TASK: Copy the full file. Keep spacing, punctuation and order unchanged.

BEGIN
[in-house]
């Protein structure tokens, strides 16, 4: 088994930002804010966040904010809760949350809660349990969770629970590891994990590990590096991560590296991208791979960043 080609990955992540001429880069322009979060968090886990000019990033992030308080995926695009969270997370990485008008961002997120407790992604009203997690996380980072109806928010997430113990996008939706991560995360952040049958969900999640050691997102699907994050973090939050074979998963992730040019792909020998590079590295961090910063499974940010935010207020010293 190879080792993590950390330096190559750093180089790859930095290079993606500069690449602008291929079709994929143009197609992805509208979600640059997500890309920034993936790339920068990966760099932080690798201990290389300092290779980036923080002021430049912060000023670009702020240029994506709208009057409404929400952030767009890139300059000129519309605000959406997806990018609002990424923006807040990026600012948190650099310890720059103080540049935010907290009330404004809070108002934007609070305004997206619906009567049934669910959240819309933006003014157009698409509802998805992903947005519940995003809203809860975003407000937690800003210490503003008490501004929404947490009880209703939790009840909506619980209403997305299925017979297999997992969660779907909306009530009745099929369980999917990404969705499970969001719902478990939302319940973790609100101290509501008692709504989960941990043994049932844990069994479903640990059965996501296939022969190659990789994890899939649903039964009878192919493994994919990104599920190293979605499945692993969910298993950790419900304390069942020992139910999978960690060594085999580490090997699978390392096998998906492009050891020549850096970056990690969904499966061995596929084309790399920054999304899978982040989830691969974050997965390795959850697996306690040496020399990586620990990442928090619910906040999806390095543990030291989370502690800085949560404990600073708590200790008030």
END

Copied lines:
[in-house]
């Protein structure tokens, strides 16, 4: 088994930002804010966040904010809760949350809660349990969770629970590891994990590990590096991560590296991208791979960043 080609990955992540001429880069322009979060968090886990000019990033992030308080995926695009969270997370990485008008961002997120407790992604009203997690996380980072109806928010997430113990996008939706991560995360952040049958969900999640050691997102699907994050973090939050074979998963992730040019792909020998590079590295961090910063499974940010935010207020010293 190879080792993590950390330096190559750093180089790859930095290079993606500069690449602008291929079709994929143009197609992805509208979600640059997500890309920034993936790339920068990966760099932080690798201990290389300092290779980036923080002021430049912060000023670009702020240029994506709208009057409404929400952030767009890139300059000129519309605000959406997806990018609002990424923006807040990026600012948190650099310890720059103080540049935010907290009330404004809070108002934007609070305004997206619906009567049934669910959240819309933006003014157009698409509802998805992903947005519940995003809203809860975003407000937690800003210490503003008490501004929404947490009880209703939790009840909506619980209403997305299925017979297999997992969660779907909306009530009745099929369980999917990404969705499970969001719902478990939302319940973790609100101290509501008692709504989960941990043994049932844990069994479903640990059965996501296939022969190659990789994890899939649903039964009878192919493994994919990104599920190293979605499945692993969910298993950790419900304390069942020992139910999978960690060594085999580490090997699978390392096998998906492009050891020549850096970056990690969904499966061995596929084309790399920054999304899978982040989830691969974050997965390795959850697996306690040496020399990586620990990442928090619910906040999806390095543990030291989370502690800085949560404990600073708590200790008030």